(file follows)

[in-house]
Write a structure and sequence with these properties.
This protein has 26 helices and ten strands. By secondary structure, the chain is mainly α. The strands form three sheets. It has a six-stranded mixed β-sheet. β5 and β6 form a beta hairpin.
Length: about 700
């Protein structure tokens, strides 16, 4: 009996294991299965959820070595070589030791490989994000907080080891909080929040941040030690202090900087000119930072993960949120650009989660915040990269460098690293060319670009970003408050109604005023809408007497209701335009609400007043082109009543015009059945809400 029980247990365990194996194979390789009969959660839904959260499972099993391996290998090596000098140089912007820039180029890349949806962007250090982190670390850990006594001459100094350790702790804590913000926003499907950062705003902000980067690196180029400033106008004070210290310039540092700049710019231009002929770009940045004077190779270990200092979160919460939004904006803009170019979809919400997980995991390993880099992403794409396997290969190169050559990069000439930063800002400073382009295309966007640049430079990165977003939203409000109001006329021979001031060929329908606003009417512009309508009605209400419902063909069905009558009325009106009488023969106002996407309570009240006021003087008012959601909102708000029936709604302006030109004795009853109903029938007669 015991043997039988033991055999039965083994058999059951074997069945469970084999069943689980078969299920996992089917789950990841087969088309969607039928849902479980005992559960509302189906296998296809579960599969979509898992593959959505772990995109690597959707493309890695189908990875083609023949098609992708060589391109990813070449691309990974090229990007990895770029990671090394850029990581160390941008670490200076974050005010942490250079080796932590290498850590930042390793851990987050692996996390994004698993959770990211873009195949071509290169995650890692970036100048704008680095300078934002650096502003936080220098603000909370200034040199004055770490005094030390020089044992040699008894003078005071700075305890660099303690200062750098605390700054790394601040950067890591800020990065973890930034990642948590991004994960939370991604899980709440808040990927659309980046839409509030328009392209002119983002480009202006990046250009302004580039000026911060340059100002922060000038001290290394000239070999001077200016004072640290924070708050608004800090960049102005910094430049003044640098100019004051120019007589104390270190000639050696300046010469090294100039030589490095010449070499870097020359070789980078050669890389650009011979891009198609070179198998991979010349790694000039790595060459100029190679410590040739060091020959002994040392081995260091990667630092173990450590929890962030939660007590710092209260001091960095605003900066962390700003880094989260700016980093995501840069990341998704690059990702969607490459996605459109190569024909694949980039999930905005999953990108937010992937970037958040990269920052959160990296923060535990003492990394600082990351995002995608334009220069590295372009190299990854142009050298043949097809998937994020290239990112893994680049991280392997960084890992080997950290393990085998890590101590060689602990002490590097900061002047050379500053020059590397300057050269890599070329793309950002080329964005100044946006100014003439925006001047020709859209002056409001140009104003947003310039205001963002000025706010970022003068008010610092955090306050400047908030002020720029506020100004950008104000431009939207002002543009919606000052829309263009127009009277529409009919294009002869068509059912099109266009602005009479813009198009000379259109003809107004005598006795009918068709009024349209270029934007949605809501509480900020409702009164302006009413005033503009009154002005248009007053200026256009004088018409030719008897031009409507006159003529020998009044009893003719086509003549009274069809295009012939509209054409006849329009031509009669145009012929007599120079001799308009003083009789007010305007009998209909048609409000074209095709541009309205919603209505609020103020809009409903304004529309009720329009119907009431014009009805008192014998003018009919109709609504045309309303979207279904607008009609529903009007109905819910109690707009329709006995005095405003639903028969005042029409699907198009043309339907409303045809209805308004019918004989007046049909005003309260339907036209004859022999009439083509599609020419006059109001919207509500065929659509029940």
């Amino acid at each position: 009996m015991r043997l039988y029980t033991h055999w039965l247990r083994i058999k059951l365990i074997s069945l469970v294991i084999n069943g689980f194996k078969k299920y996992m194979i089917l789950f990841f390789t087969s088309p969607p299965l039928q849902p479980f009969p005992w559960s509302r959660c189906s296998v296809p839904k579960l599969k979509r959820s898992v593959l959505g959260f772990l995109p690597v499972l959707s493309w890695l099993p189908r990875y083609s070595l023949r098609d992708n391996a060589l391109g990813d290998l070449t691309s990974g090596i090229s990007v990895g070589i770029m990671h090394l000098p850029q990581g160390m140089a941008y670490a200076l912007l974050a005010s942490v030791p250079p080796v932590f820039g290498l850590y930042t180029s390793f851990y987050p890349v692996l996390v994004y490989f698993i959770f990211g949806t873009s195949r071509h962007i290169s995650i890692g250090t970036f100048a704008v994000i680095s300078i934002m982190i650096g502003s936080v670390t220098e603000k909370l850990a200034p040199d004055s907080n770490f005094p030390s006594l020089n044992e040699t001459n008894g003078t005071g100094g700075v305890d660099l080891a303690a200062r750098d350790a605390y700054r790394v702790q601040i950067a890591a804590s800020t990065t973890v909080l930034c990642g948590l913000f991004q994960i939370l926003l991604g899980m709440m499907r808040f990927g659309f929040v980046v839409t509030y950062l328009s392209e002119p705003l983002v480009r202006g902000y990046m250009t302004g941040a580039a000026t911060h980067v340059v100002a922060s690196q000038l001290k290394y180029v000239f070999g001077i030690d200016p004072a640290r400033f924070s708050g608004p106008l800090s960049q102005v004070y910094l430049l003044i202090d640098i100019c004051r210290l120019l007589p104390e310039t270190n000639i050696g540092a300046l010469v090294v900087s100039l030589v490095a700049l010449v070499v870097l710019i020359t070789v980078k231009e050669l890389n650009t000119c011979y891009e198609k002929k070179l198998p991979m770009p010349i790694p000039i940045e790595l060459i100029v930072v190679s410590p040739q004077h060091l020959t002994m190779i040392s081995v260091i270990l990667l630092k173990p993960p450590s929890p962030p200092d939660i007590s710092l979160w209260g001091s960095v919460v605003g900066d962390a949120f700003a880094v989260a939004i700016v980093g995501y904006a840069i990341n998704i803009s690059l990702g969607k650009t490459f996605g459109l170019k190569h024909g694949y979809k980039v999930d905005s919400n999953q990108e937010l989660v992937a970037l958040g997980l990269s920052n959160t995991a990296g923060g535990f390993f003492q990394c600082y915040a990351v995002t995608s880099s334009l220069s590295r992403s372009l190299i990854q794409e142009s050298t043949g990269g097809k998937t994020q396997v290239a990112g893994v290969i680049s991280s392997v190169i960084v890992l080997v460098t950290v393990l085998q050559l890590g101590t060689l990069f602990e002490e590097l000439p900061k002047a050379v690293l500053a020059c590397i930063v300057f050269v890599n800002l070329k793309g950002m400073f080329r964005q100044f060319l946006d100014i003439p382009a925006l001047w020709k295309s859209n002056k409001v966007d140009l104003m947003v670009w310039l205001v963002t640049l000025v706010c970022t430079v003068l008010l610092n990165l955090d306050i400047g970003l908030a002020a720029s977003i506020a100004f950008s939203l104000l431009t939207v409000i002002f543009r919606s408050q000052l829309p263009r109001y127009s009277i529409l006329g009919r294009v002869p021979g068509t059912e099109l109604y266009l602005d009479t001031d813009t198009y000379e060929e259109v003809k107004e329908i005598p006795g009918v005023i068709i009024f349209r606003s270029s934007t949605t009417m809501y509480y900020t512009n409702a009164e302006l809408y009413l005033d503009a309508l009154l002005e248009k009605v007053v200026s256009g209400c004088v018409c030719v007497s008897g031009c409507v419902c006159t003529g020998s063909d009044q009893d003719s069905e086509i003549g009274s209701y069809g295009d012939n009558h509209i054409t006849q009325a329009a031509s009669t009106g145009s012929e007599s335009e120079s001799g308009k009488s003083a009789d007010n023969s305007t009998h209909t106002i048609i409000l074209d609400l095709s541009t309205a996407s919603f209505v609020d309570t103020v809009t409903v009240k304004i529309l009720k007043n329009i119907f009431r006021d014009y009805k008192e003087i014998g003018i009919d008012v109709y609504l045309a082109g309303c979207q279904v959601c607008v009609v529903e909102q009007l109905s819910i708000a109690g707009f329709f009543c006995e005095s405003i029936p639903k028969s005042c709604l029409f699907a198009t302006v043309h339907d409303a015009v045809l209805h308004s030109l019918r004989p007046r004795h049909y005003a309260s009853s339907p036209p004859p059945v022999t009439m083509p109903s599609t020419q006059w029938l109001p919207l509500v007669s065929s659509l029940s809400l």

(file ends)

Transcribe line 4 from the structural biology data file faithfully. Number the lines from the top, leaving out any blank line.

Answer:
Length: about 700